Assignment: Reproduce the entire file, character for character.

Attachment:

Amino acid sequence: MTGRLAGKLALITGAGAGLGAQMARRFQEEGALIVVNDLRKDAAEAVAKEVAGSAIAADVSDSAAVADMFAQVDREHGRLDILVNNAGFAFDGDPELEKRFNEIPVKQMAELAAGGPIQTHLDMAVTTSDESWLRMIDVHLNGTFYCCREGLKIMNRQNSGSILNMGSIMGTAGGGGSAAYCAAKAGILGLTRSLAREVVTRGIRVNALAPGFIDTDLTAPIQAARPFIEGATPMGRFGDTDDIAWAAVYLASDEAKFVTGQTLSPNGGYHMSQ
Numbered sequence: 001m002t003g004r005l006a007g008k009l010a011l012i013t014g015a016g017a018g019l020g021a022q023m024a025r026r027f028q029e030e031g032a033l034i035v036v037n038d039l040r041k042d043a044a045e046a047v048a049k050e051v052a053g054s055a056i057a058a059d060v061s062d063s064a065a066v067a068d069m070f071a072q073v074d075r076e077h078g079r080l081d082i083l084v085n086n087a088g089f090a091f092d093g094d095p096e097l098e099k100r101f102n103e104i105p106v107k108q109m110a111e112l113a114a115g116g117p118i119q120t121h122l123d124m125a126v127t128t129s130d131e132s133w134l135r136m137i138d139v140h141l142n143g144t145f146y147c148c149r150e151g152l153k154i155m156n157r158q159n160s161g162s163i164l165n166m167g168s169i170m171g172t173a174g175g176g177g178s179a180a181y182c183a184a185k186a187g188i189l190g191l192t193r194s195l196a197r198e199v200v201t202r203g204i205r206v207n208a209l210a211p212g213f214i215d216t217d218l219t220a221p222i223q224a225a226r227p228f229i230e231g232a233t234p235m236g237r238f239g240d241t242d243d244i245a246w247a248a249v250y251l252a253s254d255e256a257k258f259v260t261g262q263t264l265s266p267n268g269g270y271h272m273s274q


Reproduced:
Amino acid sequence: MTGRLAGKLALITGAGAGLGAQMARRFQEEGALIVVNDLRKDAAEAVAKEVAGSAIAADVSDSAAVADMFAQVDREHGRLDILVNNAGFAFDGDPELEKRFNEIPVKQMAELAAGGPIQTHLDMAVTTSDESWLRMIDVHLNGTFYCCREGLKIMNRQNSGSILNMGSIMGTAGGGGSAAYCAAKAGILGLTRSLAREVVTRGIRVNALAPGFIDTDLTAPIQAARPFIEGATPMGRFGDTDDIAWAAVYLASDEAKFVTGQTLSPNGGYHMSQ
Numbered sequence: 001m002t003g004r005l006a007g008k009l010a011l012i013t014g015a016g017a018g019l020g021a022q023m024a025r026r027f028q029e030e031g032a033l034i035v036v037n038d039l040r041k042d043a044a045e046a047v048a049k050e051v052a053g054s055a056i057a058a059d060v061s062d063s064a065a066v067a068d069m070f071a072q073v074d075r076e077h078g079r080l081d082i083l084v085n086n087a088g089f090a091f092d093g094d095p096e097l098e099k100r101f102n103e104i105p106v107k108q109m110a111e112l113a114a115g116g117p118i119q120t121h122l123d124m125a126v127t128t129s130d131e132s133w134l135r136m137i138d139v140h141l142n143g144t145f146y147c148c149r150e151g152l153k154i155m156n157r158q159n160s161g162s163i164l165n166m167g168s169i170m171g172t173a174g175g176g177g178s179a180a181y182c183a184a185k186a187g188i189l190g191l192t193r194s195l196a197r198e199v200v201t202r203g204i205r206v207n208a209l210a211p212g213f214i215d216t217d218l219t220a221p222i223q224a225a226r227p228f229i230e231g232a233t234p235m236g237r238f239g240d241t242d243d244i245a246w247a248a249v250y251l252a253s254d255e256a257k258f259v260t261g262q263t264l265s266p267n268g269g270y271h272m273s274q